JAY JOCHNOWITZ Staff writer
Tuesday, September 1, 1998
-- A federal judge and a union hearing officer Monday rejected
a dissident union member's bid to hold up nominations for elections
in Laborers Local 190.
But the union, whose longtime business manager,
Samuel Fresina, was ousted last month, will subject the upcoming
election to outside scrutiny.
Carmen Francella, who is running against
the union's acting business manager, Joseph Zappone, remained
dissatisfied with how quickly the Sept. 30 date was set for the
election. He complained that union rules unfairly restrict his
access to things that would help him campaign, including lists
of members and job sites where he wanted to campaign.
``It was a stacked deck,'' said Francella.
``Everything is for the incumbents.''
Although Francella argues that union officers
routinely have access to such lists, Local 190's attorney, Eugene
Devine, insisted Francella and other challengers will have no
more or less advantage than any incumbents, and took exception
to suggestions that anyone was being given an unfair edge. Under
union rules, Francella can look at member lists, but cannot copy
them, even by hand, and any mailings are handled by election officers.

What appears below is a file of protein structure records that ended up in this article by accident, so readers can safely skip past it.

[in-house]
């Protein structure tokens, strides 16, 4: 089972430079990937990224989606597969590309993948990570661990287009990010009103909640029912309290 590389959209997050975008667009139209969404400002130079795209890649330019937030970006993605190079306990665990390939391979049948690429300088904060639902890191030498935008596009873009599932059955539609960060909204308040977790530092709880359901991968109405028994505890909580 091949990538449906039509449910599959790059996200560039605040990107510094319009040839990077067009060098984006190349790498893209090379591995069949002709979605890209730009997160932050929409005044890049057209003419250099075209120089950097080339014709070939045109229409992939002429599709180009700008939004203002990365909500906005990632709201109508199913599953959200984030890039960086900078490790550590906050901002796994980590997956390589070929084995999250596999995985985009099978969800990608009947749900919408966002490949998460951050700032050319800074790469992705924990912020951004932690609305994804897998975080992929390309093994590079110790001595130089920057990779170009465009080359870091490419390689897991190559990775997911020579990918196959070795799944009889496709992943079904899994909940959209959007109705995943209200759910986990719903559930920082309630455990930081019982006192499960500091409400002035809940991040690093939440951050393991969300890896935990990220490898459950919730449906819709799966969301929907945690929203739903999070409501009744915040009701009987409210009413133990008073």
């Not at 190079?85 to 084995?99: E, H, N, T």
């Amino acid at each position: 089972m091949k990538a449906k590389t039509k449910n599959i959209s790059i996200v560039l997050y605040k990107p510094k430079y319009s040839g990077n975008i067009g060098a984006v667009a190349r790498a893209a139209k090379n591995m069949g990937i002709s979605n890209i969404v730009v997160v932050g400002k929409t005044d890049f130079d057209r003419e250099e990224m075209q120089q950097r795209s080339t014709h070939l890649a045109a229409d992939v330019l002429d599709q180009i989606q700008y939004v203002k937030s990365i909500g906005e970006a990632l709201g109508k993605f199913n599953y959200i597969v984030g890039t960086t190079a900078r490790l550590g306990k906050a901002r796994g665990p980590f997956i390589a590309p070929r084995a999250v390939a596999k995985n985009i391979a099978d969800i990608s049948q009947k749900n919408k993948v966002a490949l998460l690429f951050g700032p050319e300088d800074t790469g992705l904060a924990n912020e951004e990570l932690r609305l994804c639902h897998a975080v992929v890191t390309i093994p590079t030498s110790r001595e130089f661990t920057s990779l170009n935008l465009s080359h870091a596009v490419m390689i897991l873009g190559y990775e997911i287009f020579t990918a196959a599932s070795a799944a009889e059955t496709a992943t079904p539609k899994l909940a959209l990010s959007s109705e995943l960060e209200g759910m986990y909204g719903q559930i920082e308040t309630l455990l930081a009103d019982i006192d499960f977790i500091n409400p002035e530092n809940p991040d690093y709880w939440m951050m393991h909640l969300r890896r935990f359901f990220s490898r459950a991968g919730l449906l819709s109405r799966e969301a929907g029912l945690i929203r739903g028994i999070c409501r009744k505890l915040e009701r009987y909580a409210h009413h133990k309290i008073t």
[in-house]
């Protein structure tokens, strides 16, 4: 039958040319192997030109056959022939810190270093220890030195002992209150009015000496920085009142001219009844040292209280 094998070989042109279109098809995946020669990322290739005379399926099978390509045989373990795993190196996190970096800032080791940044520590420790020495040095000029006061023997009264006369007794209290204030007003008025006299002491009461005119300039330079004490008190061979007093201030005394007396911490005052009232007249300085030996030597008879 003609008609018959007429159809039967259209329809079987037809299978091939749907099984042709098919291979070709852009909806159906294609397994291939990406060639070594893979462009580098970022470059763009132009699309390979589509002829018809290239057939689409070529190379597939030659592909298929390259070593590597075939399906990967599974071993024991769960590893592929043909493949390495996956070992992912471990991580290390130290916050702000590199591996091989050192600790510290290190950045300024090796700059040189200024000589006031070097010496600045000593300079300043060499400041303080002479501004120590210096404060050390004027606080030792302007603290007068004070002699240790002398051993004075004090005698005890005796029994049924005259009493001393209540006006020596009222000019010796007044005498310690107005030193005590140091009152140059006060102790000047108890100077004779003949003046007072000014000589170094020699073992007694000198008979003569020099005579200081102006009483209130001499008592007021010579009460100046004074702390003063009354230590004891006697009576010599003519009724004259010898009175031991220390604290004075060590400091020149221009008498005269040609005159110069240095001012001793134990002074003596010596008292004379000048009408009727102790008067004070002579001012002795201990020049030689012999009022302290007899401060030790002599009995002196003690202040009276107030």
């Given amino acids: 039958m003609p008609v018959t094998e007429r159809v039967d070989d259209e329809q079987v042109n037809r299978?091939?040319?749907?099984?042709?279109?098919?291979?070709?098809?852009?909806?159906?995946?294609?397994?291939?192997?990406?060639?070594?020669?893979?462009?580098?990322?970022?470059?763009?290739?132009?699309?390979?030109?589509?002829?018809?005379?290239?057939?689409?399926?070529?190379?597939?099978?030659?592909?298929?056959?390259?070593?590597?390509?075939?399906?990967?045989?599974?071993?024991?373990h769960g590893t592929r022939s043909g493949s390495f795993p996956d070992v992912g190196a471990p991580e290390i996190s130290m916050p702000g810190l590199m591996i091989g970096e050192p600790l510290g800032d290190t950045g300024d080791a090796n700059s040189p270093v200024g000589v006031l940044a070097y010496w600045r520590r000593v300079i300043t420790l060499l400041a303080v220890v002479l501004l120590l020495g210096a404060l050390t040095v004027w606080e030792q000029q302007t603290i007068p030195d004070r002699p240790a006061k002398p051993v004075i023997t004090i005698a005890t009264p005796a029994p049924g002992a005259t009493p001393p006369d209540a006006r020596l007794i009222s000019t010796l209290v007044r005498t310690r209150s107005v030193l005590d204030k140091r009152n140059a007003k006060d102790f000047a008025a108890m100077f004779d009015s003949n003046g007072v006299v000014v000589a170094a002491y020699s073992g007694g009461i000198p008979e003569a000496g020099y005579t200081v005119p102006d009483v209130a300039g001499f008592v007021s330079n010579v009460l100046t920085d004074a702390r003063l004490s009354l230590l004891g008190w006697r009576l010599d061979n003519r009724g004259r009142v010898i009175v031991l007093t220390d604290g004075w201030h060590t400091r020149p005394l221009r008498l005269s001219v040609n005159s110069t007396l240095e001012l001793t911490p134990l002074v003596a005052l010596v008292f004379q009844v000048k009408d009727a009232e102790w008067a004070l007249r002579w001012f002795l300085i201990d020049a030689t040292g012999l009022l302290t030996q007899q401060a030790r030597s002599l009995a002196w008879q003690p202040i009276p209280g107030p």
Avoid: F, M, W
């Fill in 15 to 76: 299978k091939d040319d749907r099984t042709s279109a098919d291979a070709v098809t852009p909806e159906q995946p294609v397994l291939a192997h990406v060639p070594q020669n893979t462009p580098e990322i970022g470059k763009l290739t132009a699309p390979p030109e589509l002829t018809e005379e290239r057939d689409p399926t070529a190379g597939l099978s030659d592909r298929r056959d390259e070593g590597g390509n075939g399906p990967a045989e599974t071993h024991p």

``The allegations are simply not true and
I think border on libel,'' said Devine. ``You have legitimate
people trying to do a legitimate job.''
U.S. District Court Judge Thomas McAvoy late
Monday denied Francella's request for a temporary restraining
order on that night's meeting, at which nominations were made,
candidates were reviewed, and members voted on an election date,
a process that normally takes weeks. A hearing officer of the
Laborers International Union of North America, Peter Vaira, also
refused to hold up the meeting, but ruled that Francella could complain if the election
isn't done properly.
The election marks the first real battle
for control of the 1,000-member union since 1983, when Fresina
seized power from the Mirabile family that had run it for some
40 years. Fresina was forced out this year after he and other
members of the Laborer's state political action committee were
found to broken union ethics rules in 1996 when the PAC board
paid $221,000 in PAC funds to an organized crime associate, Salvatore
Lanza, the PAC's former administrator.
Devine said the Fresina episode upset the election schedule and both the local's executive board and international president Arthur Coia agreed to the changes to move the process along. Francella contends that Coia is trying to keep Fresina's allies in power until his suspension from holding union office ends in 12 to 18 months.
Copyright 1998, Capital Newspapers Division of The Hearst Corporation, Albany, N.Y.